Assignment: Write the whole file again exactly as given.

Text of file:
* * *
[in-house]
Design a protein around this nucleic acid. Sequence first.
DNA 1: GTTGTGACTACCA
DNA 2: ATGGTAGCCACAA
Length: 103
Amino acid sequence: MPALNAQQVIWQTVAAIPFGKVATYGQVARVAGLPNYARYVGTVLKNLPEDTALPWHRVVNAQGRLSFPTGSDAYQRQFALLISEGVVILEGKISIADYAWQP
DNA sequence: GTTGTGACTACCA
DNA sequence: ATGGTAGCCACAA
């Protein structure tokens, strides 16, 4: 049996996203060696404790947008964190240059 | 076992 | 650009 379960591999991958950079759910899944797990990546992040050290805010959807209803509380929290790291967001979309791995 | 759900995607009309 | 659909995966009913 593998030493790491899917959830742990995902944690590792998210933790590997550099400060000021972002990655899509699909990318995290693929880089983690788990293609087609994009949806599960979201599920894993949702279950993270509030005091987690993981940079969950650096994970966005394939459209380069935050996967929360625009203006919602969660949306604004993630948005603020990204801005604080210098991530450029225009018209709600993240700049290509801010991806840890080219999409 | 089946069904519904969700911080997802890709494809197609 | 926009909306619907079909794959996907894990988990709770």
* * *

[in-house]
Design a protein around this nucleic acid. Sequence first.
DNA 1: GTTGTGACTACCA
DNA 2: ATGGTAGCCACAA
Length: 103
Amino acid sequence: MPALNAQQVIWQTVAAIPFGKVATYGQVARVAGLPNYARYVGTVLKNLPEDTALPWHRVVNAQGRLSFPTGSDAYQRQFALLISEGVVILEGKISIADYAWQP
DNA sequence: GTTGTGACTACCA
DNA sequence: ATGGTAGCCACAA
């Protein structure tokens, strides 16, 4: 049996996203060696404790947008964190240059 | 076992 | 650009 379960591999991958950079759910899944797990990546992040050290805010959807209803509380929290790291967001979309791995 | 759900995607009309 | 659909995966009913 593998030493790491899917959830742990995902944690590792998210933790590997550099400060000021972002990655899509699909990318995290693929880089983690788990293609087609994009949806599960979201599920894993949702279950993270509030005091987690993981940079969950650096994970966005394939459209380069935050996967929360625009203006919602969660949306604004993630948005603020990204801005604080210098991530450029225009018209709600993240700049290509801010991806840890080219999409 | 089946069904519904969700911080997802890709494809197609 | 926009909306619907079909794959996907894990988990709770």